Softball is the only sports programming the city runs, and the new park has significantly increased its ability to lure players and tournaments.

"We used to have two to four tournaments, but the new, larger facilities have brought tournaments every weekend from May 1 to October 1," says Scott.

"The National Senior Softball World Series came here last year and they were so pleased that they want to come back under a multi-year agreement. We finally hit a goal where we're attracting national tournaments. It raises the public relations level of the facility and brings entertainment into the community."

The increase in tournaments at the facility brings more than entertainment to the community, it infuses money into the local economy.

"We're looking at attracting a national youth girls' tournament. It's very big in the community, we're more likely to be able to charge a gate admission, and there's a lot more in merchandise tie-ins," says Scott.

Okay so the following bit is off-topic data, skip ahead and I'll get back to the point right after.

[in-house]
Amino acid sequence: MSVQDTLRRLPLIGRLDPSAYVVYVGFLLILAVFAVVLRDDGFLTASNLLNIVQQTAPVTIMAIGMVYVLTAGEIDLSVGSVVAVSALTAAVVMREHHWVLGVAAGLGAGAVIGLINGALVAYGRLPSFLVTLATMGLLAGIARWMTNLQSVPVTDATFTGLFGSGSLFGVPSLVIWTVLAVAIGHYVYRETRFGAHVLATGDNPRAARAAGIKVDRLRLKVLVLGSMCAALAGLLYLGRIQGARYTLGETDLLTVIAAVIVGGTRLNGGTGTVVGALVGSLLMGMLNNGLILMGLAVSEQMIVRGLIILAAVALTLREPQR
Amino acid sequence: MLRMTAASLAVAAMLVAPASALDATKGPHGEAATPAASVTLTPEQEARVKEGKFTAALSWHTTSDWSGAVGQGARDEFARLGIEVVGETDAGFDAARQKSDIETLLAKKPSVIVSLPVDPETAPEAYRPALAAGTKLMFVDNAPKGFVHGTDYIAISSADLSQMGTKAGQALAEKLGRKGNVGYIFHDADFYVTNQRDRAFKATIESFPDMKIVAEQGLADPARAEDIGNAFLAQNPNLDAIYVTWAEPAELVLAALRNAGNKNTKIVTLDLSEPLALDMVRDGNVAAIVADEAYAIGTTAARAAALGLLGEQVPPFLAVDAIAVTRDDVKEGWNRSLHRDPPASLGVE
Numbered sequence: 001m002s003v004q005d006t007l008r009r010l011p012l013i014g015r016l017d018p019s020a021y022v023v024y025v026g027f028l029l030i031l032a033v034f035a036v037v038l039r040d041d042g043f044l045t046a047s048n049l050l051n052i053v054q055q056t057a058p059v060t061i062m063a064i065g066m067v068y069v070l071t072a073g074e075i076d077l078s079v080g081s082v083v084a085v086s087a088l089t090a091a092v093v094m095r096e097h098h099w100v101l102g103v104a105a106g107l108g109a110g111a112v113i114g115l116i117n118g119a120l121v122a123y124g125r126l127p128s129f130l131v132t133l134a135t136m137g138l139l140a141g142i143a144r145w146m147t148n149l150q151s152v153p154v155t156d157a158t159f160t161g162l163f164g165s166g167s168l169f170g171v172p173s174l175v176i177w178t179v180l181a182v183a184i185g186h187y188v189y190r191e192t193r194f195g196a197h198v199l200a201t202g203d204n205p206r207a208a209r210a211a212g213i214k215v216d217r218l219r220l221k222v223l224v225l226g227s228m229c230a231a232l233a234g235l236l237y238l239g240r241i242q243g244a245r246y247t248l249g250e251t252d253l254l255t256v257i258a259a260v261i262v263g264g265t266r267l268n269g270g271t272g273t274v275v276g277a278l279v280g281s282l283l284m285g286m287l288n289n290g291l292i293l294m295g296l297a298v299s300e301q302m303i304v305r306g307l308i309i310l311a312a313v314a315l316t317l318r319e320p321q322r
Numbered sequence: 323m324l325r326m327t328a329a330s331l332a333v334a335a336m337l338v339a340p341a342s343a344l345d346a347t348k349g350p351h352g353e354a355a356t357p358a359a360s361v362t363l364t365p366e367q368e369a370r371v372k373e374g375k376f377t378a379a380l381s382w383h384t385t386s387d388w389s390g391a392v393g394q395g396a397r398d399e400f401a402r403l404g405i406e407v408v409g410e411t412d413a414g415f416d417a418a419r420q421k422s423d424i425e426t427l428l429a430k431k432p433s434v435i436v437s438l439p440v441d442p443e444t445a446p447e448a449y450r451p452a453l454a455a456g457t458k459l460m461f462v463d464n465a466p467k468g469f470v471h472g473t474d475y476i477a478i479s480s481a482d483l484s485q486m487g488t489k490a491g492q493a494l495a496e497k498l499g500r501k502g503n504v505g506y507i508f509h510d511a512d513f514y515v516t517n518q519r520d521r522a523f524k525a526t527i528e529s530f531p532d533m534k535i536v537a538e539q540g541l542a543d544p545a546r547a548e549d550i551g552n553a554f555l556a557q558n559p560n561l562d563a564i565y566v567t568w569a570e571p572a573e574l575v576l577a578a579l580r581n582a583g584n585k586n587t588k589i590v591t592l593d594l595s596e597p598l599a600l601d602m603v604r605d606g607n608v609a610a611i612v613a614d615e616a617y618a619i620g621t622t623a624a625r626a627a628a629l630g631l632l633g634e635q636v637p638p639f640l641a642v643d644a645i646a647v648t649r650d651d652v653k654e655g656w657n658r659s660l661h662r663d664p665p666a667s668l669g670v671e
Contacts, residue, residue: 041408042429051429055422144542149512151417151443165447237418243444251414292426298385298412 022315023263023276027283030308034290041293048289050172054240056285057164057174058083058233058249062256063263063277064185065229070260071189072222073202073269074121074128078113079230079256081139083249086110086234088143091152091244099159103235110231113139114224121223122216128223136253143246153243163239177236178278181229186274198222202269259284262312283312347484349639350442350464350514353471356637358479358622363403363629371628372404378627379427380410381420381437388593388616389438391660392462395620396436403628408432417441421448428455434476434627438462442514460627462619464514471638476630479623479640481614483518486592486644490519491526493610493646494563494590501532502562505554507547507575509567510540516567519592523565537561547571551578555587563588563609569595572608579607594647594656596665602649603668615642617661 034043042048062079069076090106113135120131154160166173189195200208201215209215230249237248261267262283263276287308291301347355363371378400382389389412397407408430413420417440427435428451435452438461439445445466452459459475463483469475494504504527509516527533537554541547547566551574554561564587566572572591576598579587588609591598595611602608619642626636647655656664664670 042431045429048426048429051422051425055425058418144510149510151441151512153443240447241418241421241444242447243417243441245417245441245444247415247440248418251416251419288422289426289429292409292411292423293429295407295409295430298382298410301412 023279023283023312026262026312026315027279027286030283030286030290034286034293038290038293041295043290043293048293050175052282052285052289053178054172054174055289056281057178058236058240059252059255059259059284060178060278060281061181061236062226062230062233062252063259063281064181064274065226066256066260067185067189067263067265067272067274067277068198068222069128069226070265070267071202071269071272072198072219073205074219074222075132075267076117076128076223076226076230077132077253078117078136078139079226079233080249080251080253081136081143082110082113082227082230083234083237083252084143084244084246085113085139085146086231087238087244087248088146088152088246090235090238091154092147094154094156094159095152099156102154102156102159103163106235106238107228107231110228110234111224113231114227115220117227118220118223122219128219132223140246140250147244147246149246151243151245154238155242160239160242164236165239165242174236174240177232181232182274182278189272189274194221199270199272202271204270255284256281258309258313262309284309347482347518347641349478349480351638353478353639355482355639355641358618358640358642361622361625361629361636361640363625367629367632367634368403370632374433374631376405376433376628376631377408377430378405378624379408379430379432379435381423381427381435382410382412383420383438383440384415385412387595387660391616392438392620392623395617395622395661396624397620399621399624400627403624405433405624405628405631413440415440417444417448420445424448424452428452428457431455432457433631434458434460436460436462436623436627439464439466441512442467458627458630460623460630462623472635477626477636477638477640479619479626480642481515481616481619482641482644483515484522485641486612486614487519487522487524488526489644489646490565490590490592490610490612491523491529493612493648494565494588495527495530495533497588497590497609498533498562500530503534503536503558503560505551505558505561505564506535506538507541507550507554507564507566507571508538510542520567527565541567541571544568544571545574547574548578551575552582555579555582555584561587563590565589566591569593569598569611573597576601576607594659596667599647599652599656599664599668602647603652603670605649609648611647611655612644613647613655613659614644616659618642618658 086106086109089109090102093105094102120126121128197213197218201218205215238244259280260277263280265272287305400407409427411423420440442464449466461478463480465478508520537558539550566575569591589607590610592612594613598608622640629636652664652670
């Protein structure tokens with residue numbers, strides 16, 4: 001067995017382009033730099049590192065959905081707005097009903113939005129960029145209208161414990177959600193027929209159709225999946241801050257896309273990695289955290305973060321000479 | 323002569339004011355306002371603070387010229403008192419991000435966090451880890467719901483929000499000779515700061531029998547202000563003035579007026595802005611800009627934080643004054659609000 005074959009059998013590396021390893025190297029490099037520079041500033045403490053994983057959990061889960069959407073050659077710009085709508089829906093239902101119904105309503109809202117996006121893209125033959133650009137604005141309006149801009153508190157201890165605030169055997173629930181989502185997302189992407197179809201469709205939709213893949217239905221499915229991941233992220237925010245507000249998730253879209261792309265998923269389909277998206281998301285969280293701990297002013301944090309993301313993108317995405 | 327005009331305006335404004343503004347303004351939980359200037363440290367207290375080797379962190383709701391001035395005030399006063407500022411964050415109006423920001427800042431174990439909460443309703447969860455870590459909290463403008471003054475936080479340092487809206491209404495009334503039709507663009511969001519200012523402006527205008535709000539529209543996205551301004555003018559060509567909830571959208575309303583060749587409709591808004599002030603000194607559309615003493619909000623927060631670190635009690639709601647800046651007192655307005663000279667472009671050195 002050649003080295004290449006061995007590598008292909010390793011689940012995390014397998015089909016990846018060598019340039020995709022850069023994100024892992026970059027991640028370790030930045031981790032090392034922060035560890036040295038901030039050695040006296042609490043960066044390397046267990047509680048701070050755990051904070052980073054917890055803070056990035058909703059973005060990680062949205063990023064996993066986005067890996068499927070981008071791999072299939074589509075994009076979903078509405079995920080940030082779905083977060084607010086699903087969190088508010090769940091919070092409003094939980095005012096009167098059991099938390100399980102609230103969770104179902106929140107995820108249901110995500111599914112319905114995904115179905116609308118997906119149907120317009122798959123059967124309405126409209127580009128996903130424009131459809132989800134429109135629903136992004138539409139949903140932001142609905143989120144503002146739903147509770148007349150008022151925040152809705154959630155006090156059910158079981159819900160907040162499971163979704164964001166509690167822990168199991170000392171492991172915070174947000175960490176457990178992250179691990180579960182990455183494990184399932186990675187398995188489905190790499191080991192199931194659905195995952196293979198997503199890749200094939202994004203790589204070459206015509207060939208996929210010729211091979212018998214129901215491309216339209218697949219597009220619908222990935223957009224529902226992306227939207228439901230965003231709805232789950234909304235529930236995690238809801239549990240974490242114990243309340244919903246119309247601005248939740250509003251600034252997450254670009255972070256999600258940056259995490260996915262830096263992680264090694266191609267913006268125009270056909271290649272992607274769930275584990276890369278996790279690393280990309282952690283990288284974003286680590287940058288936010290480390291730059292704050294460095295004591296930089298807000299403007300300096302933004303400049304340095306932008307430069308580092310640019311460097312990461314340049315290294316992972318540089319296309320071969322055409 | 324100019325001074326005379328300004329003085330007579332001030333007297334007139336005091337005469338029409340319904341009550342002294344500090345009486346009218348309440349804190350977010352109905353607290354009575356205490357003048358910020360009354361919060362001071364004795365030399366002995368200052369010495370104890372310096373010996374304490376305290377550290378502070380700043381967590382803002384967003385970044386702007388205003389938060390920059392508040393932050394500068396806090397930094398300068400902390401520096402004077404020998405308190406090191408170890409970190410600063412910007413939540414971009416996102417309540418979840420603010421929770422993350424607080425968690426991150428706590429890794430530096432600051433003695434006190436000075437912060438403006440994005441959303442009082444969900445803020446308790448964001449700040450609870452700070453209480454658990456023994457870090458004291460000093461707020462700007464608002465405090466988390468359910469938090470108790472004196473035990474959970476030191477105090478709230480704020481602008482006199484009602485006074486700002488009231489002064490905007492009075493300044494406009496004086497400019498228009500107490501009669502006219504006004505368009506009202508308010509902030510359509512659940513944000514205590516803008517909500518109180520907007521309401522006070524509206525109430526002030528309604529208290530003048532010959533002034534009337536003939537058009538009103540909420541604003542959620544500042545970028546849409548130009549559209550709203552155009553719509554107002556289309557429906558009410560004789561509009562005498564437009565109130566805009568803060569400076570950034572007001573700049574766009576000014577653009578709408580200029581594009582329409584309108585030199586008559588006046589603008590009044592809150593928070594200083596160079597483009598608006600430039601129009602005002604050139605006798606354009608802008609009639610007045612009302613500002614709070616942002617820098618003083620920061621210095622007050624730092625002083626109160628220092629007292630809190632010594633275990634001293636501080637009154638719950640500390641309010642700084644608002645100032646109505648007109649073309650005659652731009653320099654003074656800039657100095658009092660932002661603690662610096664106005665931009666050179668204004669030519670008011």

In addition, the city runs a variety of commercial and recreational softball leagues. The more competitive commercial leagues get registration, scheduling, umpires and score keepers with their package, while the recreational leagues receive registration, score keepers and scheduling assistance.

Like the softball fields, the nature lodge has an ambitious, multi-purpose goal. First, it provides an interactive nature classroom for school kids that plays off of the natural setting surrounding it, which includes the presence of a variety of birds and mammals.